Etard reaction is a chemical reaction used to oxidize aromatic compounds containing methyl groups. An Etard reaction was given by a famous French chemist named Alexandre Léon Etard. Etard proposed the partial oxidation reaction of aromatic rings containing methyl groups. This organic reaction is carried out using chromyl chloride, which is also called Etard reagent.
The reactant involved in the Etard reaction is an aromatic ring consisting of a methyl group as a substituent. The saturated aqueous sodium sulfite solution is used to provide the reducing environment so that the etard complex can undergo decomposition. Chloroform and carbon disulfide is used as solvents in the etard reaction.
The alkene-allylic hydrogen of the aromatic ring reacts with the Etard reagent (chromyl chloride), resulting in the formation of the Etard complex precipitate. To prevent itself from getting oxidized into a carboxylic acid, the etard complex undergoes decomposition in the presence of a reducing environment. To obtain the aldehyde product in pure form, the formed etard complex must be purified before the decomposition reaction. The overall time frame required for the etard reaction may range from a few days to multiple weeks. However, high yields of the aldehyde product can be obtained.
To understand the mechanism of the etard reaction, let us consider the example of methyl benzene (toluene).
Toluene, the presence of chromyl chloride and carbon tetrachloride, undergoes a parietal oxidation reaction resulting in the formation of Benzaldehyde.
The mechanism of the etard reaction can be summarized into the following five steps.
Step 1: Homolytic cleavage of bonds in toluene
The reaction of Toluene with Chromyl chloride causes homolytic cleavage of 4 bonds. Two C-H (Carbon-Hydrogen) bonds in the methyl group attached to the benzene undergo a homolytic cleavage. Two Cr-O (Chromium-Oxygen) bonds present in the chromyl chloride also undergo a homolytic cleavage.
Step 2: Formation of etard complex intermediate
Once the cleavage of bonds takes place, the formation of the etard complex takes place. The Hydrogens released from the methyl group due to homolytic cleavage undergo bond formation with the oxygens of chromyl chloride. This bond formation results in the formation of two OCr(OH)Cl2 molecules. These OCr(OH)Cl2 attach themselves to the carbon atom of the methyl group present in toluene via second oxygen. It means that OCr(OH)Cl2 has substituted the hydrogens that have undergone the homolytic cleavage. Thus, the two hydrogens separated from the methyl group by homolytic cleavage are occupied by two OCr(OH)Cl2 molecules. This compound is unstable and is called the etard complex intermediate.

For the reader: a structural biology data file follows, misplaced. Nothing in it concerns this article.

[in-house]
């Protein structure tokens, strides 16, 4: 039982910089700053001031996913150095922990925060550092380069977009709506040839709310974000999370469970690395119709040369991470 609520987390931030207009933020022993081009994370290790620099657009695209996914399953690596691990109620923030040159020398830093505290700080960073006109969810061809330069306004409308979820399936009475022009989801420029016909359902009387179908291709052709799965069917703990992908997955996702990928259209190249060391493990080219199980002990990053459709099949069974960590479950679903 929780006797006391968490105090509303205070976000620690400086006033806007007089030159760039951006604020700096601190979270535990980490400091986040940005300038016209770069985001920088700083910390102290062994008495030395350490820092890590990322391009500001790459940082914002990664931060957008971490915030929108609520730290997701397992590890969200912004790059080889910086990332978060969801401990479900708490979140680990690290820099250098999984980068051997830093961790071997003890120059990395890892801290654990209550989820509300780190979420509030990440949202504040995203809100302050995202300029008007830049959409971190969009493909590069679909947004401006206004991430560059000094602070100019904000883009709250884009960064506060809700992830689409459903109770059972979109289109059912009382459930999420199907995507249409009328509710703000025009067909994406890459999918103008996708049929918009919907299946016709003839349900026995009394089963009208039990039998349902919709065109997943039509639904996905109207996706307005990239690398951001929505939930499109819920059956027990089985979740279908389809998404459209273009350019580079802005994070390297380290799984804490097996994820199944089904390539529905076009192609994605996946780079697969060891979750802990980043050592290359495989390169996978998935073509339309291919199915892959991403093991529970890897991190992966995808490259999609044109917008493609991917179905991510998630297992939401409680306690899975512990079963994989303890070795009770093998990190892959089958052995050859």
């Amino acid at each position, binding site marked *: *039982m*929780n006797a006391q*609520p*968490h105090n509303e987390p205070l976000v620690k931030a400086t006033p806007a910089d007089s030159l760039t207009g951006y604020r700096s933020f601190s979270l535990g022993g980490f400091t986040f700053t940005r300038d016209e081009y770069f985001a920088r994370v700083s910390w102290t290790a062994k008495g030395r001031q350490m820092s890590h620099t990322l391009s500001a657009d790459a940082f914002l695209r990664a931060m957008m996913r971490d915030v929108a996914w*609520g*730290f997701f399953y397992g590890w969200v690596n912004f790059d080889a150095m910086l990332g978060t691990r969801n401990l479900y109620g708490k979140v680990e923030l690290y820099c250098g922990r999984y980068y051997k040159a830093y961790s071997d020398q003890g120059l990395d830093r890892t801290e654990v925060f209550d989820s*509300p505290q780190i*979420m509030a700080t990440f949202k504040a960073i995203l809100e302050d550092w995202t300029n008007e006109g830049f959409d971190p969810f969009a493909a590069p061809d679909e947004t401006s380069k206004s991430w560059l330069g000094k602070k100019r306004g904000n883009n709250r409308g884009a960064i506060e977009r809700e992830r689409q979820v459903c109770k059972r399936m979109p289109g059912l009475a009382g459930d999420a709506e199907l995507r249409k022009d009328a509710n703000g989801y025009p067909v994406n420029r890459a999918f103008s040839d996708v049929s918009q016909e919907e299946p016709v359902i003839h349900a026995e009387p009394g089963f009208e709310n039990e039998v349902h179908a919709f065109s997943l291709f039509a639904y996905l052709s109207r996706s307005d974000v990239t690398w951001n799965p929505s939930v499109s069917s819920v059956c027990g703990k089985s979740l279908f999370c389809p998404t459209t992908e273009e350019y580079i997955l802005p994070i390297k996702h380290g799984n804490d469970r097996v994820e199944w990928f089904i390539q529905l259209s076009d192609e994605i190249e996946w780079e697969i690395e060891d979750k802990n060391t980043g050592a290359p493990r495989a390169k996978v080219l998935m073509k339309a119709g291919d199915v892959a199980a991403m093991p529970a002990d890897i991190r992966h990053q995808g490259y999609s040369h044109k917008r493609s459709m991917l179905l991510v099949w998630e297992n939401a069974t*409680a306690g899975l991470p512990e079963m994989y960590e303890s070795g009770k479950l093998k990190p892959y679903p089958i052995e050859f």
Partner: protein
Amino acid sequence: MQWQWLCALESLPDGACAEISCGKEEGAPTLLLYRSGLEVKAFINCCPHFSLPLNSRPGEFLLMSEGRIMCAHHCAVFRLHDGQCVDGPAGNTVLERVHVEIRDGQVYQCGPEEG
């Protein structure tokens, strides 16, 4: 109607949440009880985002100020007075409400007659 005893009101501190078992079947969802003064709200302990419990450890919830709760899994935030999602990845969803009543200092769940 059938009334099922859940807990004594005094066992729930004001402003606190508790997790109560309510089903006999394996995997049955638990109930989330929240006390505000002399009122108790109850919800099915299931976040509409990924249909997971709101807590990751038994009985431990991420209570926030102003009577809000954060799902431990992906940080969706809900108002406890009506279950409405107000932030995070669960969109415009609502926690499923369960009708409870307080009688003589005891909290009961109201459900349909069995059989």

Step 3: Hydrolysis of the etard complex
The role of sodium sulfite used in the reaction is to prevent the further oxidation of the etard complex. The unstable etard complex undergoes hydrolysis resulting in the formation of two OCr(OH)2Cl2 groups.
Step 4: Formation of Benzaldehyde
The so formed OCr(OH)2Cl2 groups attached to the aromatic ring get separated, leaving behind the aldehyde product, i.e., benzaldehyde.
Step 5: Purification of Benzaldehyde
The etard complex is volatile. To protect itself from getting oxidized, it undergoes a decomposition reaction under the influence of a reducing environment. The etard complex gets decomposed with the help of a pericyclic reaction called [2,3] Sigmatropic Rearrangement. To protect the product from decomposition, it is purified using different solvents. The purification of this solution yields a high-quality end product, i.e., pure benzaldehyde.
Etard reaction is one of the most commonly used chemical reactions in organic chemistry. Etard reagent is again widely used for numerous organic reactions. Here are a few significant applications of the Etard reaction.
Etard reaction is one of the direct methods used to oxidize toluene into Benzaldehyde partially. However, like any other chemical reaction, the Etard reaction also comes with a few limitations, which are as follows.